On the left Shira and her brother Jacob pose in the synagogue. Shira is wearing the dress she designed and that I helped her make. The process is described below…

Shira, my 12-year-old protégé asked if I would help her make a special dress for her Bat Mitzvah, a ceremony that is a rite of passage when she, as a Bat Mitzvah, would acquire the rights, responsibilities, and privileges of an adult Jew. She needed a really special dress that would reflect the importance of this ceremony.

Shira and I began by sketching the dress.  We did three designs. The first design had a bow in the back. The second design had cap sleeves. The third was the design Shira decided she liked the best. I was very happy with her choice.  

As she described the dress I sketched the dress on tracing paper laid over croquis illustrations copied from The Apparel Design and Production Hand Book But one could lay tracing paper over any illustrations or photos found in magazines and sketch clothing designs.



We used the skirt pattern Shira had already drafted, combining it with bodice patterns we developed from a McCall’s Enchanted Forest pattern I had bought years ago.

Next we tested the drafted patterns in muslin. There were three fittings.  The first, not shown, was done with the basic bodice. The seam lines were marked, then the pattern was split to create three bodice pieces. The shoes were found on line.

Once we were sure of the design and fit it was time to visit the fabric store. We shopped at Gaffney Fabrics, 5401 Germantown Ave. at the corner of Coulter Avenue in Philadelphia.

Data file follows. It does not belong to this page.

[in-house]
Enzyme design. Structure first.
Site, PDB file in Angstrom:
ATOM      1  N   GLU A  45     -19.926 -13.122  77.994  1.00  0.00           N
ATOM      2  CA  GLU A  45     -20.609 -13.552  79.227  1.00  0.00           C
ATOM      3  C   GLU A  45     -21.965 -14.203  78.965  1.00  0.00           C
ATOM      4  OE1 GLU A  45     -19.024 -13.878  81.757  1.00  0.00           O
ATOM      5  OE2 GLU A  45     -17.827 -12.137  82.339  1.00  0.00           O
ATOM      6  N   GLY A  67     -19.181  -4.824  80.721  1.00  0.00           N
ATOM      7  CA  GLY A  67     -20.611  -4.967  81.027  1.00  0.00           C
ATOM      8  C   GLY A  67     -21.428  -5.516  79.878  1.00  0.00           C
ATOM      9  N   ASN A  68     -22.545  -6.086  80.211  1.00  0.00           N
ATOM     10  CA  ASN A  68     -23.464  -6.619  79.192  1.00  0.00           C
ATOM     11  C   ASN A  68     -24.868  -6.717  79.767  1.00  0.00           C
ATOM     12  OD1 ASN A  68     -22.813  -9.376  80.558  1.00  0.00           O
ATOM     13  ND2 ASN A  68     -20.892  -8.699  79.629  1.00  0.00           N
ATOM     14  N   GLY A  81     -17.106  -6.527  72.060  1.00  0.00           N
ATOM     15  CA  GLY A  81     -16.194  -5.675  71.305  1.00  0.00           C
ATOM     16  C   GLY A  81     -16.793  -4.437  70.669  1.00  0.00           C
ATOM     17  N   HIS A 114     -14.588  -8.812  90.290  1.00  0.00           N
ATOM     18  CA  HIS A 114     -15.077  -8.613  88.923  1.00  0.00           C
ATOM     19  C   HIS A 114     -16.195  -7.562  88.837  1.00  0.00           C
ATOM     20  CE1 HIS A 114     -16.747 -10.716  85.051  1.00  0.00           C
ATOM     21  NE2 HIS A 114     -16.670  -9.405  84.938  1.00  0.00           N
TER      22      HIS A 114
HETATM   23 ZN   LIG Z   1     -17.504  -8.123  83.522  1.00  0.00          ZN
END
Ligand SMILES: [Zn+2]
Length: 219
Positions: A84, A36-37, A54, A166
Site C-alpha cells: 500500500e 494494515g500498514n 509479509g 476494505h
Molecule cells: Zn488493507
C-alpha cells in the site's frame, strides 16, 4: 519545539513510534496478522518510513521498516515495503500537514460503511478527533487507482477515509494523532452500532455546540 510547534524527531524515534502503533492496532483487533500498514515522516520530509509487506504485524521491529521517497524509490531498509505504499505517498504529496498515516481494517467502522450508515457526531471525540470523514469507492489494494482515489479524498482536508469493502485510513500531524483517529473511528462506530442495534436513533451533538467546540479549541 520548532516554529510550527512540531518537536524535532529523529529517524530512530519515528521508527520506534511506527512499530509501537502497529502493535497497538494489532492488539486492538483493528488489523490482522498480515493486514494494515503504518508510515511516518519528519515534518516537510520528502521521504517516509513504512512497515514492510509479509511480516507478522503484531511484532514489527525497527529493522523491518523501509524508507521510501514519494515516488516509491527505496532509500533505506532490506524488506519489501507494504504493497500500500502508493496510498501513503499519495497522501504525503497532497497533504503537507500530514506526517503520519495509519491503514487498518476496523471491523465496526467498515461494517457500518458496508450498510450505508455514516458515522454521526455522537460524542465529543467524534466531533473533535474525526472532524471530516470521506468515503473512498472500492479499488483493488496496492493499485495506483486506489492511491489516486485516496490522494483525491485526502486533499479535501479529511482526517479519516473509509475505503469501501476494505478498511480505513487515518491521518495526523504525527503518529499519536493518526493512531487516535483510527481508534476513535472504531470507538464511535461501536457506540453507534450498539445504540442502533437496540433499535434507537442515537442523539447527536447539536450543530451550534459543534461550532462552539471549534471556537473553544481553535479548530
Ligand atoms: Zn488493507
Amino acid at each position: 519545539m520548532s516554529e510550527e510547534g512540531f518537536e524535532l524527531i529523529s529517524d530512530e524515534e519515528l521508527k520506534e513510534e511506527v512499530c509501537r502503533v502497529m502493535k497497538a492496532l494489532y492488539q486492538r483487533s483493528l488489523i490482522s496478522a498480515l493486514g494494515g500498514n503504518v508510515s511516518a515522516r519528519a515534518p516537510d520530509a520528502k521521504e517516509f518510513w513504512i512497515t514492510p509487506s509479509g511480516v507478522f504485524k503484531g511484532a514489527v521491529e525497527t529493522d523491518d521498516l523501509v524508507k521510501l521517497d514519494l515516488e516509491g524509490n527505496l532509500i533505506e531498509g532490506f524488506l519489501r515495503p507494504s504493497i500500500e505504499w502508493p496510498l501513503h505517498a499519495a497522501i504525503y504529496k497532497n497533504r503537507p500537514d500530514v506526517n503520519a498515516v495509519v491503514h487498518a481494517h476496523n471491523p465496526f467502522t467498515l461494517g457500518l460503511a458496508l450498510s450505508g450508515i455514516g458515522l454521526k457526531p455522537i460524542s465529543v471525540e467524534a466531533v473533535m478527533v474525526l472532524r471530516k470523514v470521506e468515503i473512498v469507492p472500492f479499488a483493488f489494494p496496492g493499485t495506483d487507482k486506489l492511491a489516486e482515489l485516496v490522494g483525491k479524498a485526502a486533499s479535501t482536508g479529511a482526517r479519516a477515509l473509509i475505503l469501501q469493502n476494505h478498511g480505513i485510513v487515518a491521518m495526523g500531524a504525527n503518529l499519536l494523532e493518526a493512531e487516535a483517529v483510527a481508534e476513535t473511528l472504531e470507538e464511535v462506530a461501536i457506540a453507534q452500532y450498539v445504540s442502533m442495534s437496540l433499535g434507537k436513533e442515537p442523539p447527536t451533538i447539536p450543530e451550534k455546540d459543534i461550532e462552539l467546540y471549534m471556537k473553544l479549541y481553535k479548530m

Shira chose apricot and gold satin fabric. We also found gold trim that matched the design of the shoes. Gold metallic thread was purchased to use with sewing the trim.  Labels were later purchased, as one should always sign one’s work.

This is the last fitting, a check to make sure that everything is done correctly and that the outfit is ready for the big day. A jacket completes the outfit to cover Shira’s shoulders during the ceremony. The back is now open between the top of the skirt and the bodice. The braid now provides straps to hold up the bodice in the back. The skirt closes with an invisible zipper. The dress is fully lined with the same fabric used to make the shell.
Shira is really happy.

Later, the ceremony over, Shira has her picture taken with many people, including the most important man in her life. This is a special day for everyone.  We all celebrate at a fantastic party. 

Shira has the most fun of all.  

To see a larger better view of this video visit Contemporary Fashion Education, Inc.

Here’s Shira’s wonderful mother Amanda with her friend Bob.
Amanda is the hostess who organized and arranged this fabulous  event.

Bye for now,


www.Laurelhoffmann.com– published books
www.ContemporaryFashionEducation.com– school
Contemporary Fashion Education, Inc.
Link for Laurel’s books on Amazon
P:215 884 7065, F:215 884 3727, C:610 908 7222

Leave a Reply

Your email address will not be published. Required fields are marked *

Fill out this field
Fill out this field
Please enter a valid email address.
You need to agree with the terms to proceed